Iran’s Missile Capability Non-Negotiable: Rouhani
TEHRAN (Tasnim) – Iranian President Hassan Rouhani reiterated on Sunday that the country’s missile capabilities would never be subject to any negotiation in the course of talks on Tehran’s peaceful nuclear program.
“Iran’s missile capability is by no means negotiable at any level,” Rouhani said in a meeting with Director of the International Atomic Energy Agency (IAEA) Yukiya Amano, here in Tehran on Sunday.
The president, however, noted that Iran has paved the way for the international body to monitor its peaceful nuclear activities as it has always been after transparent technical and legal cooperation with the UN nuclear watchdog.
Rouhani made it clear that Tehran considers the IAEA as the only authorized organization to monitor its nuclear energy program.
“We only accept the legal supervision by the International Atomic Energy Agency, which are within the framework of the NPT (Non-Proliferation Treaty) and the Safeguards Agreement and (view) any extralegal inspection as a heresy that will harm all developing countries,” he stressed.
Rouhani expressed the hope that the IAEA, as an impartial organization, would contribute to the settlement of some “bogus ambiguities about Iran’s nuclear activities”.
Seeing a bright prospect for the cooperation between Iran and the IAEA, President Rouhani said the two sides can settle the standoff on Tehran’s nuclear activities in less than a year with serious resolve.
Commenting on the nuclear talks between Tehran and six world powers (the five permanent UN Security Council members plus Germany), President Rouhani said Iran “does not demand anything more than its rights, including (uranium) enrichment for peaceful purposes.”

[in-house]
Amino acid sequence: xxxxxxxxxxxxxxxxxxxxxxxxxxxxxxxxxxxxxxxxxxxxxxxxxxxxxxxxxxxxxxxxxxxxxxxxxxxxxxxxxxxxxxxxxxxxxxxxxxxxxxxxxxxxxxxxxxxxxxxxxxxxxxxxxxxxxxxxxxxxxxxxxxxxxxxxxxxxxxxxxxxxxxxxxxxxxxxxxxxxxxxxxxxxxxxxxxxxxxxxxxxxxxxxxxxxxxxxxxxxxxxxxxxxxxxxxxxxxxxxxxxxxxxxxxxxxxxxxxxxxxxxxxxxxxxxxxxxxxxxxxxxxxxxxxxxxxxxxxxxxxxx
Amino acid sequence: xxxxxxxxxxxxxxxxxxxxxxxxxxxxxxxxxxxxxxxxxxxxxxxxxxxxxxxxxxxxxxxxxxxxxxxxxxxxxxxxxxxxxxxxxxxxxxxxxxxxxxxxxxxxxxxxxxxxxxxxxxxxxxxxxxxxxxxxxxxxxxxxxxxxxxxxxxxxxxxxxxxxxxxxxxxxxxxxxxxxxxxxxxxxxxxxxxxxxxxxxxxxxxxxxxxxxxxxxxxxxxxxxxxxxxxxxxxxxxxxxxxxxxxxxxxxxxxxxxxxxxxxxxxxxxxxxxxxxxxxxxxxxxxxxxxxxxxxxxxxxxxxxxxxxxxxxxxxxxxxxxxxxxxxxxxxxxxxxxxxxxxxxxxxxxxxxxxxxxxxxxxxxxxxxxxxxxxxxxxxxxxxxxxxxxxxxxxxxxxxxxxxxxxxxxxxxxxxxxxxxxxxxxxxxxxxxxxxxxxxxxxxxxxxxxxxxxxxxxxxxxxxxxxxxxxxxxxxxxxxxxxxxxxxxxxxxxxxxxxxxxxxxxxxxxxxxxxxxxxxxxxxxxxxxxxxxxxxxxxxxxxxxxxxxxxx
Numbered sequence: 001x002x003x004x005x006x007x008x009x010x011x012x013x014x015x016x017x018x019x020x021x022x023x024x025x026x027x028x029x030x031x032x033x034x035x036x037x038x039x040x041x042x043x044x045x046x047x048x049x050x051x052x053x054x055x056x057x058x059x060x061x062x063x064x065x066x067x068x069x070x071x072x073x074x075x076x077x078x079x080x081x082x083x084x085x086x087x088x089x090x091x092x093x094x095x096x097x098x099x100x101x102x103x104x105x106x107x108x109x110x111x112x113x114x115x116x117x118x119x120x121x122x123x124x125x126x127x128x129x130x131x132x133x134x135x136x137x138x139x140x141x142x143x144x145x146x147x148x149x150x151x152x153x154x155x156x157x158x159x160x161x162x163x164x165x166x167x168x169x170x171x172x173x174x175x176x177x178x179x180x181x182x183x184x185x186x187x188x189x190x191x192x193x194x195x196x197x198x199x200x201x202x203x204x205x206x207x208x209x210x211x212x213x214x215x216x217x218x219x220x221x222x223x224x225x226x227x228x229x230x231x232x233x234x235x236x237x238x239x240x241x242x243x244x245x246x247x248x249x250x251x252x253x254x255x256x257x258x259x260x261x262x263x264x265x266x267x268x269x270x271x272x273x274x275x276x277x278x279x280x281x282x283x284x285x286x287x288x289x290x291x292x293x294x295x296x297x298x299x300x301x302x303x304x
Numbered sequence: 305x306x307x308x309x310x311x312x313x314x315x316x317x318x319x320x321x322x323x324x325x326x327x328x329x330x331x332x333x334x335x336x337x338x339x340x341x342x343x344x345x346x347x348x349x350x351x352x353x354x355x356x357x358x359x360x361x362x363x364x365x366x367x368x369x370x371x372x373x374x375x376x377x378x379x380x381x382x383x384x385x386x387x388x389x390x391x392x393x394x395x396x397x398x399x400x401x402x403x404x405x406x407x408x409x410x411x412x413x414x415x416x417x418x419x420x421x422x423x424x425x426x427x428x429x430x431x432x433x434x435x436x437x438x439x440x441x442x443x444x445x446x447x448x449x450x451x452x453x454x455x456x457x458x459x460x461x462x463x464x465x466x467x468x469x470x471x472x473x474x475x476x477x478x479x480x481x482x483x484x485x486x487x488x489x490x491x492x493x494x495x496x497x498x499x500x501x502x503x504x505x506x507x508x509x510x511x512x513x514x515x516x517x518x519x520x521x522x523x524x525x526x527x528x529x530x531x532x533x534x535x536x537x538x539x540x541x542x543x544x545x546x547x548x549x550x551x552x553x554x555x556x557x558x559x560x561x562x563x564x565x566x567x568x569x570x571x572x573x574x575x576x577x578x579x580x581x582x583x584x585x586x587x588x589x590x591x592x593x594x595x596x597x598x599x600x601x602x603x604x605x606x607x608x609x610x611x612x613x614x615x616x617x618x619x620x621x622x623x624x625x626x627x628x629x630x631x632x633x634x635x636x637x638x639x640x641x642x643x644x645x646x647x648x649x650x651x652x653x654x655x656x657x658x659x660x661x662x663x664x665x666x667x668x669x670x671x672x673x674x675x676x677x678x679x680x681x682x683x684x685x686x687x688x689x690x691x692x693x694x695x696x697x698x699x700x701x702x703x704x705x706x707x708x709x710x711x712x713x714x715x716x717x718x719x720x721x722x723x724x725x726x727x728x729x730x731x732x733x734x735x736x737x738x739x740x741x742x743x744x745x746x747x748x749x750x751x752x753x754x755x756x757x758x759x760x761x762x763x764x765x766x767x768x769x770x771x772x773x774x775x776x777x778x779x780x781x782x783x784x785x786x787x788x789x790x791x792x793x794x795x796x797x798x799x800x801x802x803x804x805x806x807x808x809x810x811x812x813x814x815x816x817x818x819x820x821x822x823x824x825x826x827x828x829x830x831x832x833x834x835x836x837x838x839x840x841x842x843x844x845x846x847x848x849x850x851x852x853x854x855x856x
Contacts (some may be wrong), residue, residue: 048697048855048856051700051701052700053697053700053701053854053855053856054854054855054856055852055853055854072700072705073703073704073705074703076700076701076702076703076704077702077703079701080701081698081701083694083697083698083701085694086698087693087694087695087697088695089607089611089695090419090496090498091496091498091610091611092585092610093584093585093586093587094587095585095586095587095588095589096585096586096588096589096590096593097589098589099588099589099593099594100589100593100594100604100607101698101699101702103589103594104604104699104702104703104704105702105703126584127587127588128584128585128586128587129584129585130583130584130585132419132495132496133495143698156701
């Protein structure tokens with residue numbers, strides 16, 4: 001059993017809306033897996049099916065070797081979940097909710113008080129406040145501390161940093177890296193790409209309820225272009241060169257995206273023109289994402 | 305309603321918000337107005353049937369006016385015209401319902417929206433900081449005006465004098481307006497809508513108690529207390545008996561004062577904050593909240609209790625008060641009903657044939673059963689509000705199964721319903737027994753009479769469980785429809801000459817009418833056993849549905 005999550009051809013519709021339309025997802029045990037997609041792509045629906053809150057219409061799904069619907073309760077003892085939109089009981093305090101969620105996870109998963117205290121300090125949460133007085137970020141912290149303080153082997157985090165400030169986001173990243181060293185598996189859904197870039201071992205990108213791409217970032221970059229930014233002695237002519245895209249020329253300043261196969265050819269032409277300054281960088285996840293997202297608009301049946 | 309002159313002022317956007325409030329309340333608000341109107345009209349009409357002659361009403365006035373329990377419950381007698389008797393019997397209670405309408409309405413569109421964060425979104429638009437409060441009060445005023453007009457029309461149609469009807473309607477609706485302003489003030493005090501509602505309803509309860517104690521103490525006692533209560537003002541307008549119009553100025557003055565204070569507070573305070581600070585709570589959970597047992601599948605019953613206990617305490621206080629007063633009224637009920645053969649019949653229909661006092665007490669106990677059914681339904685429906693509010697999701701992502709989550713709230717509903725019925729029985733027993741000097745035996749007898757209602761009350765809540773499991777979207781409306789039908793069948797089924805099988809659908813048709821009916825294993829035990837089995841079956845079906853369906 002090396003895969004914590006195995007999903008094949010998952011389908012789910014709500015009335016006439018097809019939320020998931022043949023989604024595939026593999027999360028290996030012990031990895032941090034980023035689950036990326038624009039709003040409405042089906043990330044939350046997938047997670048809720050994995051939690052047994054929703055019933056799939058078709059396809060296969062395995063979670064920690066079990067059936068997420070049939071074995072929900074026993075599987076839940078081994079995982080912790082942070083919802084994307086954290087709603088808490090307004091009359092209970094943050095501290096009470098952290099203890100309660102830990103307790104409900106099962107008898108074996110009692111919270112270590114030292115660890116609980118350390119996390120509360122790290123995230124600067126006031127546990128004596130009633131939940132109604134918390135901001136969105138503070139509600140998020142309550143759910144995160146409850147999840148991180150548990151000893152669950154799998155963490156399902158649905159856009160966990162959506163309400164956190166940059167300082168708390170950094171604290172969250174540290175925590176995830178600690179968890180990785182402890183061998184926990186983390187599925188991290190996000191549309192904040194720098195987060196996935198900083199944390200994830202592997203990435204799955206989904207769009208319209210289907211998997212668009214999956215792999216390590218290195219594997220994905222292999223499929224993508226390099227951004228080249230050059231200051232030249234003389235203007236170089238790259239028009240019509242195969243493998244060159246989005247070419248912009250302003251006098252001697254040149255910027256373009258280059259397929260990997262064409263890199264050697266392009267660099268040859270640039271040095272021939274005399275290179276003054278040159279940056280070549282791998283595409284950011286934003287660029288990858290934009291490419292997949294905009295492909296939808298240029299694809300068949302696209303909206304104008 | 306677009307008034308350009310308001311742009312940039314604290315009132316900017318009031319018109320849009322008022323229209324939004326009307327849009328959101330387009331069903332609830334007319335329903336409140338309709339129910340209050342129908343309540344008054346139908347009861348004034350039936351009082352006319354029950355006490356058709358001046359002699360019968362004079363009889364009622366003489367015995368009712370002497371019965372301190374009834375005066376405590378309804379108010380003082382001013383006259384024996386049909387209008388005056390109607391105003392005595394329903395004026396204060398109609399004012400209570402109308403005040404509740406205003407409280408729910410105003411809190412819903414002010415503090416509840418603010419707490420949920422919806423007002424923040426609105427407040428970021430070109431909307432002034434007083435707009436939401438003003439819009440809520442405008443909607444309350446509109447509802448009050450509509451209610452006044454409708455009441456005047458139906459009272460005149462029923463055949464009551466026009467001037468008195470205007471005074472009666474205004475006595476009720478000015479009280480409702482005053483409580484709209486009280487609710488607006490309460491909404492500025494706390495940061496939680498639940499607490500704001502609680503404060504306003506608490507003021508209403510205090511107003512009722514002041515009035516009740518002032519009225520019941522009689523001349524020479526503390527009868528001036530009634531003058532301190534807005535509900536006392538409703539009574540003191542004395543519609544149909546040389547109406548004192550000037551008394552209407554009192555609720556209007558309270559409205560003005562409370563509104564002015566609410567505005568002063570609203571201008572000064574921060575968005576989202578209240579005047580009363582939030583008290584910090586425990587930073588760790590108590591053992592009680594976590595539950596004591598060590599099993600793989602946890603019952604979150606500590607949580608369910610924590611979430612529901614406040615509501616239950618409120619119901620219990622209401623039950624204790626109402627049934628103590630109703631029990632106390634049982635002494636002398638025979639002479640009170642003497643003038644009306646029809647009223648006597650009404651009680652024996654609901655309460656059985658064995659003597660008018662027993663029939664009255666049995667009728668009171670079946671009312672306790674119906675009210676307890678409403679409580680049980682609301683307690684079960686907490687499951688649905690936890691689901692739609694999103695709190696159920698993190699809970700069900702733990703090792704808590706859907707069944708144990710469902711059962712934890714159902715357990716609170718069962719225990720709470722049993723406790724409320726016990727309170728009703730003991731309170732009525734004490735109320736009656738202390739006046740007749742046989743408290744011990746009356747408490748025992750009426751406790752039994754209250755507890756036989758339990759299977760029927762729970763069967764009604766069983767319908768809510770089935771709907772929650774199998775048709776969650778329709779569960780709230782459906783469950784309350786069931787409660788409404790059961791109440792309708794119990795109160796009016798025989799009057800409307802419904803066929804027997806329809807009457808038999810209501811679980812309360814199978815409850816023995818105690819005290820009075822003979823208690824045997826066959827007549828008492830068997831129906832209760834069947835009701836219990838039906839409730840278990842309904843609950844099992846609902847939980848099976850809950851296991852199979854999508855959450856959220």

Once a final, comprehensive deal is hammered out, Iran will continue enriching uranium domestically based on its needs, the president added, noting that the other side will also have to remove the unilateral sanctions it has imposed on Tehran.
The visiting UN official, for his part, hailed the progressing cooperation between Iran and the IAEA over the past year.
Amano also expressed the hope for an immediate resolution of the remaining ambiguities over Iran’s nuclear case under an agreement signed in 2013.
This is Amano’s second visit to Iran over the past year. In November last year, the Japanese chief of the IAEA visited Iran at the invitation of Head of the Atomic Energy Organization of Iran (AEOI) Ali Akbar Salehi.
The two sides signed a joint statement at the time to outline a roadmap on bilateral cooperation on certain outstanding issues.
Under the deal, Iran agreed, on a voluntary basis, to allow the IAEA inspectors to visit the Arak heavy water plant and the Gachin uranium mine.